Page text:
Murder in the Alps, review: ghoulish docuseries treats death as entertainment

·2 min read
Zaid al-Hilli reflects on his brother’s death - Channel 4
Zaid al-Hilli reflects on his brother’s death - Channel 4

You might think there’s too much true crime on TV. You’d be absolutely right. Letting Murder in the Alps (Channel 4) sprawl across the schedules for three consecutive nights definitely doesn’t help. This docuseries delved into the brutal massacre of a British family in France a decade ago. In September 2012, police arrived at a woodland picnic spot near Lake Annecy to find Surrey engineer Saad al-Hilli, his dentist wife, Iqbal, and her mother, Suhaila, shot dead in their car.

Nearby lay the body of local cyclist Sylvain Mollier. Saad and Iqbal’s seven-year-old daughter, Zainab, had also been shot and left for dead but miraculously survived. Cowering under her mother’s skirt was Zainab’s four-year-old sister, Zeena, terrified but alive.

The subsequent account of the labyrinthine international investigation was a litany of incompetence. The gendarmerie waited eight hours for a forensic team to arrive. English and French police failed to communicate. Embarrassing errors and wrongful arrests were made. Not only was it infuriating, it was downright ghoulish. Did we really need retired detective Mark Preston pacing around the murder site with his fingers forming a gun, shouting “Bang, bang!”? Or graphic references to “heads with bullet holes in them”? Or sensationalist news clips about “a child’s pink bike, standing abandoned”? I hope the al-Hilli girls, now in their teens, weren’t watching.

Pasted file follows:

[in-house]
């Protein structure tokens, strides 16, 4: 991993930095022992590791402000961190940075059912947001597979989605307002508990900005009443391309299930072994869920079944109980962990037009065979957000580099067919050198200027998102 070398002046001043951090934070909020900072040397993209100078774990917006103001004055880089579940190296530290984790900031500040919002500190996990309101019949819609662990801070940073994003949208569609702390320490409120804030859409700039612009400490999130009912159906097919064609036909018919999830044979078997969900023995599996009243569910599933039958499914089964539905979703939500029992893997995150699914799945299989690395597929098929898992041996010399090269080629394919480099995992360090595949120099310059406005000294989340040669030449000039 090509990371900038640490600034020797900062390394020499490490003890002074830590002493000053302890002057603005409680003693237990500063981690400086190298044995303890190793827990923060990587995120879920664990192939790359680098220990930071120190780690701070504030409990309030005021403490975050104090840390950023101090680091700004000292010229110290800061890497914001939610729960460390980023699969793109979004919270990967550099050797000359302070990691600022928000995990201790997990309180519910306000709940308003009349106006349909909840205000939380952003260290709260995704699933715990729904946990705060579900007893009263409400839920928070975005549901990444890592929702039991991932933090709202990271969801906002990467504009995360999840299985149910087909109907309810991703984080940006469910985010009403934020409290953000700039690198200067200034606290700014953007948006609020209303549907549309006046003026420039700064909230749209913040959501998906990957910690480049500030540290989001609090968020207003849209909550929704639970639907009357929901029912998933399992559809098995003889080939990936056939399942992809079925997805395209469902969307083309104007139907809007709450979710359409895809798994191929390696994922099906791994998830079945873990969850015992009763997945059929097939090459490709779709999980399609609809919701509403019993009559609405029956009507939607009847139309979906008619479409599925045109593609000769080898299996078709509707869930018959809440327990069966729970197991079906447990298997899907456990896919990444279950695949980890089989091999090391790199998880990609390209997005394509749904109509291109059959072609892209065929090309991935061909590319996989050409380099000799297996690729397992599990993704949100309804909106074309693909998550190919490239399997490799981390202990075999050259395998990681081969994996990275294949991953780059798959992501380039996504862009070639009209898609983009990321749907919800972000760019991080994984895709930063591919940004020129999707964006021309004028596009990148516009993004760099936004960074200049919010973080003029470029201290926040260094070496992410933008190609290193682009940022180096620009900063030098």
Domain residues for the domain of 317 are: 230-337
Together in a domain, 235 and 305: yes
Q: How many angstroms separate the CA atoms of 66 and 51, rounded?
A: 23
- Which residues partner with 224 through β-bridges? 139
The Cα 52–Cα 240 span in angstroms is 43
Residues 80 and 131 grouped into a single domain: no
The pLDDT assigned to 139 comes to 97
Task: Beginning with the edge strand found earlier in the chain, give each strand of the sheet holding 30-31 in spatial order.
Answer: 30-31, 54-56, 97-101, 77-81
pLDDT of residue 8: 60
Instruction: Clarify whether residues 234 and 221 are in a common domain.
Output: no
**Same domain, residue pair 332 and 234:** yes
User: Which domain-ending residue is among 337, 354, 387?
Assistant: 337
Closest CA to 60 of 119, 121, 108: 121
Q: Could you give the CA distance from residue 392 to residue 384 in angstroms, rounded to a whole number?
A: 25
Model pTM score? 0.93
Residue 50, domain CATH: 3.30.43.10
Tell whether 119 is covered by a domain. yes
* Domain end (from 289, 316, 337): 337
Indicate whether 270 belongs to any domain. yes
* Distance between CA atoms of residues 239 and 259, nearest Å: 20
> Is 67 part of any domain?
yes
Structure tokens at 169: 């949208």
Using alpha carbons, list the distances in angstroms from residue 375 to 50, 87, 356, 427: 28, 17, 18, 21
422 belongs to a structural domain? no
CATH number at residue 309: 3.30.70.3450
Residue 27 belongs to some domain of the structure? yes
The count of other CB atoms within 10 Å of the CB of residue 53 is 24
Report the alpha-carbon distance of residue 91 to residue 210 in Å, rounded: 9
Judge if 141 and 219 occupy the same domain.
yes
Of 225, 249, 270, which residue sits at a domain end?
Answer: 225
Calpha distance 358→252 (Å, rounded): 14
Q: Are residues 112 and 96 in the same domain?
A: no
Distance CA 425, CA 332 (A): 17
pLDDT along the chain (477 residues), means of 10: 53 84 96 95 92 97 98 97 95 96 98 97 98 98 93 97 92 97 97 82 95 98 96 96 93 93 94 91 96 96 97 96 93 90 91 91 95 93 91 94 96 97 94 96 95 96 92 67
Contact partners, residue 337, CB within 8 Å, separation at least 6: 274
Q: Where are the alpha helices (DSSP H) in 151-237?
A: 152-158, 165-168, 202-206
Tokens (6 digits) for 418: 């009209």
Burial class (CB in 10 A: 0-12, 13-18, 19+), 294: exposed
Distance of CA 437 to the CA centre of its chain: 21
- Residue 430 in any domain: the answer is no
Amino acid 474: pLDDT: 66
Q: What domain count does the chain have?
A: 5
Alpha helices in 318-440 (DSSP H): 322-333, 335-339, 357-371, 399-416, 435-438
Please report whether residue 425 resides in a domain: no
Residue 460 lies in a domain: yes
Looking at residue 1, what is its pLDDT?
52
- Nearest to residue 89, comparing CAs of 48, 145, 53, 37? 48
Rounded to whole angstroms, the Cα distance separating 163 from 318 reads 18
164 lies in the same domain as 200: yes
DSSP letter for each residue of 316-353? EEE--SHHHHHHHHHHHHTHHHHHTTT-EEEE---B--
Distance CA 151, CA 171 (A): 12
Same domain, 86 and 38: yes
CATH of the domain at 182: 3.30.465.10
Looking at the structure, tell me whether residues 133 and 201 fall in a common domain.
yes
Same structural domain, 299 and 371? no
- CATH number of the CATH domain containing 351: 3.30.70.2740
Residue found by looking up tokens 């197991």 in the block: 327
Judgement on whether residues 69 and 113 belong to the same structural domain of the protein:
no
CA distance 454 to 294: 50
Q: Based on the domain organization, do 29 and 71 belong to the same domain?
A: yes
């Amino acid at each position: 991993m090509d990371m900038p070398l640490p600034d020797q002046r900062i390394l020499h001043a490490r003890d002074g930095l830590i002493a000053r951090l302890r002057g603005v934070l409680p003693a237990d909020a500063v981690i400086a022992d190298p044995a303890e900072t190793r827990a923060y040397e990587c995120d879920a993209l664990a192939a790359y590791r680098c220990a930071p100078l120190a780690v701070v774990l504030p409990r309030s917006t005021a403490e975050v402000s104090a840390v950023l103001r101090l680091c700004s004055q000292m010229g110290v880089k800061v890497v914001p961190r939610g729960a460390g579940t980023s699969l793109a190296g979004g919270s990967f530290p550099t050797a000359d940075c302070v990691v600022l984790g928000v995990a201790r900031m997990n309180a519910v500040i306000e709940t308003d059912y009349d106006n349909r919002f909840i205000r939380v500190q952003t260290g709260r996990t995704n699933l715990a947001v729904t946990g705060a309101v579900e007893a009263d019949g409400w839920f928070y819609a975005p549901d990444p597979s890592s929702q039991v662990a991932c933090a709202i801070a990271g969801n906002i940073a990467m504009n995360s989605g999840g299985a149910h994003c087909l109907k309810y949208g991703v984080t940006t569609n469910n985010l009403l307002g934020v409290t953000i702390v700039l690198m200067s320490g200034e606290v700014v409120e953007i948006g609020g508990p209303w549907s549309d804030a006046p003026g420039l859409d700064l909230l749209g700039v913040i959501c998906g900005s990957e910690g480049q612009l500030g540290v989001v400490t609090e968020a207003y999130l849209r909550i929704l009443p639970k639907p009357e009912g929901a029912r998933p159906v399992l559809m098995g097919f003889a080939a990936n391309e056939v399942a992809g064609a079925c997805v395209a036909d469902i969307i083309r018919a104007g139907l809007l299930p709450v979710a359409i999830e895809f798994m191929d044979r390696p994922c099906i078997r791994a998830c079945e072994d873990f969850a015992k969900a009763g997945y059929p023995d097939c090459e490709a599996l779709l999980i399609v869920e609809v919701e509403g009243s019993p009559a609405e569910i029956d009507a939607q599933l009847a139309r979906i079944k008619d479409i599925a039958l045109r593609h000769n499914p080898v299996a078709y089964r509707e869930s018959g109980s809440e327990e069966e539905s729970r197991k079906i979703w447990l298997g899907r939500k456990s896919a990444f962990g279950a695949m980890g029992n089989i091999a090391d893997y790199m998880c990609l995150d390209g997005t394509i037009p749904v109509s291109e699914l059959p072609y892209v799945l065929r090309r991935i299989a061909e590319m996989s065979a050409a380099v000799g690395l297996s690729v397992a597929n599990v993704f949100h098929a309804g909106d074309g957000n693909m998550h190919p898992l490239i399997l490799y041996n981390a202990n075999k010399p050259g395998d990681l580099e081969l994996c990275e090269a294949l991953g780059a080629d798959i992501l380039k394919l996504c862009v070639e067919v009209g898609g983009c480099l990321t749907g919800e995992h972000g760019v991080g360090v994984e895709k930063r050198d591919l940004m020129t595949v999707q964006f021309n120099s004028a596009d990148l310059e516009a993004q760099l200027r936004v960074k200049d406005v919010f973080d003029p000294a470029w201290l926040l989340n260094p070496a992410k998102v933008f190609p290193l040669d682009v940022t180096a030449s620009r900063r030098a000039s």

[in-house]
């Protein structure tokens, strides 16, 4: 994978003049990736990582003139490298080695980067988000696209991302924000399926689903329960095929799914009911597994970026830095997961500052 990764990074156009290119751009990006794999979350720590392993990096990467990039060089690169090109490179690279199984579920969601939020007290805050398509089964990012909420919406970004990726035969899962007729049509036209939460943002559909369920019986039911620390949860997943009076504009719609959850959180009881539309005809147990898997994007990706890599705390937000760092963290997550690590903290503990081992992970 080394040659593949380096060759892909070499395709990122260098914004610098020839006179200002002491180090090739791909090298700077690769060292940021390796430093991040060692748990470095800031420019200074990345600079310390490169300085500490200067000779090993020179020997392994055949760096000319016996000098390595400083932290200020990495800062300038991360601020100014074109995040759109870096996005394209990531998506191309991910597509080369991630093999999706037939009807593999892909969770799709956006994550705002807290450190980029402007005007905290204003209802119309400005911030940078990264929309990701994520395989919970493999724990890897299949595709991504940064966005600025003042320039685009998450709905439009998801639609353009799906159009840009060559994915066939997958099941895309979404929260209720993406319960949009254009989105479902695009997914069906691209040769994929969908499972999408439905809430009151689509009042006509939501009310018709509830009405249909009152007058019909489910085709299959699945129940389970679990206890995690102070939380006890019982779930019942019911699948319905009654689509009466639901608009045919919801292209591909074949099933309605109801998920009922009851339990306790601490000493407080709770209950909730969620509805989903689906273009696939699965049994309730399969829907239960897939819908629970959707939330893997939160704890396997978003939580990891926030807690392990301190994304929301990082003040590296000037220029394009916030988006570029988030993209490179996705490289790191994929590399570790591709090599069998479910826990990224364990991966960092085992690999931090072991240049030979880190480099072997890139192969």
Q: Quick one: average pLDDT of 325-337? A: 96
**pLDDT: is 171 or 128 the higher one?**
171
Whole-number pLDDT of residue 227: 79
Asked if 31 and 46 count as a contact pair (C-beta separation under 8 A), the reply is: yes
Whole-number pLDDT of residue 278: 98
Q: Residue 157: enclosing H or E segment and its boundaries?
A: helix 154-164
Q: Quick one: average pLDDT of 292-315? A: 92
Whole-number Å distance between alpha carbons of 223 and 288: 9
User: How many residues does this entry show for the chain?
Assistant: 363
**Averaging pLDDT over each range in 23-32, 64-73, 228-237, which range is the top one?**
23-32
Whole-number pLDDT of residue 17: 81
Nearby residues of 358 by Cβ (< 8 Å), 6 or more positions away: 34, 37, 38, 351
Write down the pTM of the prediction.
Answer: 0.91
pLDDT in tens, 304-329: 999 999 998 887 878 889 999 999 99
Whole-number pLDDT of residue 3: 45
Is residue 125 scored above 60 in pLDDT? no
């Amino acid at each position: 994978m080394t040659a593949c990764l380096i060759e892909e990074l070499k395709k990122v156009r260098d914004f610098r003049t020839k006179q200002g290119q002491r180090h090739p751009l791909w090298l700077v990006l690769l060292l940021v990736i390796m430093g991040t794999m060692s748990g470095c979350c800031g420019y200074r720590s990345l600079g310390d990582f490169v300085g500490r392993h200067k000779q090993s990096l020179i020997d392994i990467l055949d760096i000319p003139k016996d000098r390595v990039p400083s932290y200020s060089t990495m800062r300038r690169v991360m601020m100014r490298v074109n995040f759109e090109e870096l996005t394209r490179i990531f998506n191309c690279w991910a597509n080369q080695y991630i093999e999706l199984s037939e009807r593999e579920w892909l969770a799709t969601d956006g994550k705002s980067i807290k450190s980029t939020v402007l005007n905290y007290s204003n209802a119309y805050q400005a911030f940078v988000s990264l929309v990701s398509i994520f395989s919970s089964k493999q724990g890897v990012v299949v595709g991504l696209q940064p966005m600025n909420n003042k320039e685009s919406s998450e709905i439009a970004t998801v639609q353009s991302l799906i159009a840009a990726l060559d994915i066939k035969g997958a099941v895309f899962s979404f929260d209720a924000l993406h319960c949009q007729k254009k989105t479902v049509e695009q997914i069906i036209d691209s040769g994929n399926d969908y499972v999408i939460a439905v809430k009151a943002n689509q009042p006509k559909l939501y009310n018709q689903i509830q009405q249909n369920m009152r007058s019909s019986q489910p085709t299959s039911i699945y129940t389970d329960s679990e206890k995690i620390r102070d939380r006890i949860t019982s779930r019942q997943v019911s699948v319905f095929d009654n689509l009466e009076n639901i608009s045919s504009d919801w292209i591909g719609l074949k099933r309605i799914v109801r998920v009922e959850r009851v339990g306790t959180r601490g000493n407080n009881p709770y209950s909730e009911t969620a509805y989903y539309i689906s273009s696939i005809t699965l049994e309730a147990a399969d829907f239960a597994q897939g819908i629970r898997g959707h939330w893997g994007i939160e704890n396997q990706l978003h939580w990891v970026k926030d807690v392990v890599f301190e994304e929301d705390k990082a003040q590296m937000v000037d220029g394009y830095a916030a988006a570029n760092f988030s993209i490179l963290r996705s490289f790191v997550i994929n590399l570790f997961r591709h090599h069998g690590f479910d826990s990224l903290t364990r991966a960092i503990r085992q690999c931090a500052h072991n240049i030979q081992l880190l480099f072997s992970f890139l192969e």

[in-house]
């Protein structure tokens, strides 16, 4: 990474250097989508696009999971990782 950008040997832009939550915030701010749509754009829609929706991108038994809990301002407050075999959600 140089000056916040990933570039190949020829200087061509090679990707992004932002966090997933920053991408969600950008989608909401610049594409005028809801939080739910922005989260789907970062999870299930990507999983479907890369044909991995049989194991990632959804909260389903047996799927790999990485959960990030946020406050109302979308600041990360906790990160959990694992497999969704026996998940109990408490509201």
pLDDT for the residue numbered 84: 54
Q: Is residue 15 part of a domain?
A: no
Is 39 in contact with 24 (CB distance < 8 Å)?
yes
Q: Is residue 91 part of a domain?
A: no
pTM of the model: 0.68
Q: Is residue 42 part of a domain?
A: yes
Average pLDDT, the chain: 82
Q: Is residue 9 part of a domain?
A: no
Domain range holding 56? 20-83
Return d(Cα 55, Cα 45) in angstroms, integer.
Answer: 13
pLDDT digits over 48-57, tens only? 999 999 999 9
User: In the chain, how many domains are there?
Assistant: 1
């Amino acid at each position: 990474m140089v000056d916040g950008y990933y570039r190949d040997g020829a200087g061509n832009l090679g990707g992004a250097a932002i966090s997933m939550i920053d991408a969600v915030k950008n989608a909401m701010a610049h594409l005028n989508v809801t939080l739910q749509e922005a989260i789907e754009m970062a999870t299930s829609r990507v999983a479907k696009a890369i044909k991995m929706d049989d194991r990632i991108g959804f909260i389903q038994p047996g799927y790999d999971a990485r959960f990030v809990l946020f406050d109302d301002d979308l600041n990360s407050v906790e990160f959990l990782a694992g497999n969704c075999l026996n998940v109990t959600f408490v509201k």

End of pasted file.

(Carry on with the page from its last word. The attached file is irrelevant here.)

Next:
When the credits rolled, the next two parts were available to stream on All 4. Episode two saw the story disappear up blind alleys, rather like the investigation itself. Did Saad’s brother, Zaid, hire a Romanian hitman due to an inheritance dispute? Was a Louisiana man poisoned on the same day as part of a spy conspiracy? Was there a murky link to Saddam Hussein’s missing millions? No, no and no respectively.

Among the rare voices of reason were family friend James Matthews, who called out the racist tone of media coverage, and Royal Marine-turned-crime writer Andrew Rigsby, who scoffed at lazy assumptions. The concluding episode at least flipped the case on its head with a fresh theory but it was left dangling frustratingly. The killer remains unfound.

There’s a phenomenon known as “Netflix bloat”, where the streaming service fails to edit shows down, seemingly for the sake of retaining eyeballs. This was the terrestrial equivalent. The narrative was repetitive, the pacing ponderous. A story that could have been told in 60 minutes instead stretched across three ultimately unfulfilling hours.

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